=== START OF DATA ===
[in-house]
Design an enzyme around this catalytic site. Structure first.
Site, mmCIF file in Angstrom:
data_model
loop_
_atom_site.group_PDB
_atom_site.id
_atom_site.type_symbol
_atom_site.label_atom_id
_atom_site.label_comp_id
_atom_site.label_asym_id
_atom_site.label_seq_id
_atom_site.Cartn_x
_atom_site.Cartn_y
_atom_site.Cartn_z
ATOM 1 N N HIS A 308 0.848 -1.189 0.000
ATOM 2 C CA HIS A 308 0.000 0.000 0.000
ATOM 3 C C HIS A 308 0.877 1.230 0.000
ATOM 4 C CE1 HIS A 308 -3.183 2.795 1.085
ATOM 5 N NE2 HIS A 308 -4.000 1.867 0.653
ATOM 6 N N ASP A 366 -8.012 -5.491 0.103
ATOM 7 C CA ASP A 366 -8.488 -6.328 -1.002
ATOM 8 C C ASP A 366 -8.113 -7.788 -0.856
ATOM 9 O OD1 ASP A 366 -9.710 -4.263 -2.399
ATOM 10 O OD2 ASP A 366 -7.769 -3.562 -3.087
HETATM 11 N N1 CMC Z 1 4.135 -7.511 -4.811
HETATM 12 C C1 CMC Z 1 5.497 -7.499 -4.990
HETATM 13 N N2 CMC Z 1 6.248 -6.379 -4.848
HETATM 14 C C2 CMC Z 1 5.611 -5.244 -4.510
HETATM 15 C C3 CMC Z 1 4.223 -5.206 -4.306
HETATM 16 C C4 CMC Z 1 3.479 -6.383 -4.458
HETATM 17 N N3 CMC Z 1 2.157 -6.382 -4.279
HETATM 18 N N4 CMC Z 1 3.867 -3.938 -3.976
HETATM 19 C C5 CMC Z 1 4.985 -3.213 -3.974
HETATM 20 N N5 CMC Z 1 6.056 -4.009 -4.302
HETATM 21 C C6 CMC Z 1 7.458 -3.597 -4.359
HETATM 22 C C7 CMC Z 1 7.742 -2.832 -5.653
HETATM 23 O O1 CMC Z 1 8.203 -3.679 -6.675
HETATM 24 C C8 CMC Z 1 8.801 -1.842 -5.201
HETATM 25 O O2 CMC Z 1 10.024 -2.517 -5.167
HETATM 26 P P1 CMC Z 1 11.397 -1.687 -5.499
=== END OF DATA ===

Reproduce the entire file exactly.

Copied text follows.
[in-house]
Design an enzyme around this catalytic site. Structure first.
Site, mmCIF file in Angstrom:
data_model
loop_
_atom_site.group_PDB
_atom_site.id
_atom_site.type_symbol
_atom_site.label_atom_id
_atom_site.label_comp_id
_atom_site.label_asym_id
_atom_site.label_seq_id
_atom_site.Cartn_x
_atom_site.Cartn_y
_atom_site.Cartn_z
ATOM 1 N N HIS A 308 0.848 -1.189 0.000
ATOM 2 C CA HIS A 308 0.000 0.000 0.000
ATOM 3 C C HIS A 308 0.877 1.230 0.000
ATOM 4 C CE1 HIS A 308 -3.183 2.795 1.085
ATOM 5 N NE2 HIS A 308 -4.000 1.867 0.653
ATOM 6 N N ASP A 366 -8.012 -5.491 0.103
ATOM 7 C CA ASP A 366 -8.488 -6.328 -1.002
ATOM 8 C C ASP A 366 -8.113 -7.788 -0.856
ATOM 9 O OD1 ASP A 366 -9.710 -4.263 -2.399
ATOM 10 O OD2 ASP A 366 -7.769 -3.562 -3.087
HETATM 11 N N1 CMC Z 1 4.135 -7.511 -4.811
HETATM 12 C C1 CMC Z 1 5.497 -7.499 -4.990
HETATM 13 N N2 CMC Z 1 6.248 -6.379 -4.848
HETATM 14 C C2 CMC Z 1 5.611 -5.244 -4.510
HETATM 15 C C3 CMC Z 1 4.223 -5.206 -4.306
HETATM 16 C C4 CMC Z 1 3.479 -6.383 -4.458
HETATM 17 N N3 CMC Z 1 2.157 -6.382 -4.279
HETATM 18 N N4 CMC Z 1 3.867 -3.938 -3.976
HETATM 19 C C5 CMC Z 1 4.985 -3.213 -3.974
HETATM 20 N N5 CMC Z 1 6.056 -4.009 -4.302
HETATM 21 C C6 CMC Z 1 7.458 -3.597 -4.359
HETATM 22 C C7 CMC Z 1 7.742 -2.832 -5.653
HETATM 23 O O1 CMC Z 1 8.203 -3.679 -6.675
HETATM 24 C C8 CMC Z 1 8.801 -1.842 -5.201
HETATM 25 O O2 CMC Z 1 10.024 -2.517 -5.167
HETATM 26 P P1 CMC Z 1 11.397 -1.687 -5.499